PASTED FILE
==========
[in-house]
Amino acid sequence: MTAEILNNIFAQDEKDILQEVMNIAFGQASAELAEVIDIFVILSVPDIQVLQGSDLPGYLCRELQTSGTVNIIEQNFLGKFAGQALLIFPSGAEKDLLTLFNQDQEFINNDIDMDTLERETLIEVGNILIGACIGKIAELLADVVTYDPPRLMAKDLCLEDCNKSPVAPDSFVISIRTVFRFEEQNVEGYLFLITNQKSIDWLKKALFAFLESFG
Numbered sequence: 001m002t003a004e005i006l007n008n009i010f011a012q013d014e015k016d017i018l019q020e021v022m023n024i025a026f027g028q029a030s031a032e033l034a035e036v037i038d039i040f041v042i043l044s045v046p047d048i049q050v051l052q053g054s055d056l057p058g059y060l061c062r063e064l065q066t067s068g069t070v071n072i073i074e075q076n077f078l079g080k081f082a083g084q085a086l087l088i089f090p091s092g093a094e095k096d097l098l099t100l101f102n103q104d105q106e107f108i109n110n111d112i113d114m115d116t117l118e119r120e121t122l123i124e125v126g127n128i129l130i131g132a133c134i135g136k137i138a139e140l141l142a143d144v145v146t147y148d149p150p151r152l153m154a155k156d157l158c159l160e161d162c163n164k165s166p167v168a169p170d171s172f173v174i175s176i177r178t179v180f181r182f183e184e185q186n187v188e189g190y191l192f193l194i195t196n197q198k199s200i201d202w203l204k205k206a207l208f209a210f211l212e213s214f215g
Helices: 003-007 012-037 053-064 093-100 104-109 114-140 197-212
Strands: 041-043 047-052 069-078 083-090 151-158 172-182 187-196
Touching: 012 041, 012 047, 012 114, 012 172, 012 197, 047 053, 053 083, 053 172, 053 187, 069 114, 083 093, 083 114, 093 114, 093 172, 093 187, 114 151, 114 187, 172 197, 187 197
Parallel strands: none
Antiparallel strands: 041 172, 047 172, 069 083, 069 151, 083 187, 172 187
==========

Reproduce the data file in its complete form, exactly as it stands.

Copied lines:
[in-house]
Amino acid sequence: MTAEILNNIFAQDEKDILQEVMNIAFGQASAELAEVIDIFVILSVPDIQVLQGSDLPGYLCRELQTSGTVNIIEQNFLGKFAGQALLIFPSGAEKDLLTLFNQDQEFINNDIDMDTLERETLIEVGNILIGACIGKIAELLADVVTYDPPRLMAKDLCLEDCNKSPVAPDSFVISIRTVFRFEEQNVEGYLFLITNQKSIDWLKKALFAFLESFG
Numbered sequence: 001m002t003a004e005i006l007n008n009i010f011a012q013d014e015k016d017i018l019q020e021v022m023n024i025a026f027g028q029a030s031a032e033l034a035e036v037i038d039i040f041v042i043l044s045v046p047d048i049q050v051l052q053g054s055d056l057p058g059y060l061c062r063e064l065q066t067s068g069t070v071n072i073i074e075q076n077f078l079g080k081f082a083g084q085a086l087l088i089f090p091s092g093a094e095k096d097l098l099t100l101f102n103q104d105q106e107f108i109n110n111d112i113d114m115d116t117l118e119r120e121t122l123i124e125v126g127n128i129l130i131g132a133c134i135g136k137i138a139e140l141l142a143d144v145v146t147y148d149p150p151r152l153m154a155k156d157l158c159l160e161d162c163n164k165s166p167v168a169p170d171s172f173v174i175s176i177r178t179v180f181r182f183e184e185q186n187v188e189g190y191l192f193l194i195t196n197q198k199s200i201d202w203l204k205k206a207l208f209a210f211l212e213s214f215g
Helices: 003-007 012-037 053-064 093-100 104-109 114-140 197-212
Strands: 041-043 047-052 069-078 083-090 151-158 172-182 187-196
Touching: 012 041, 012 047, 012 114, 012 172, 012 197, 047 053, 053 083, 053 172, 053 187, 069 114, 083 093, 083 114, 093 114, 093 172, 093 187, 114 151, 114 187, 172 197, 187 197
Parallel strands: none
Antiparallel strands: 041 172, 047 172, 069 083, 069 151, 083 187, 172 187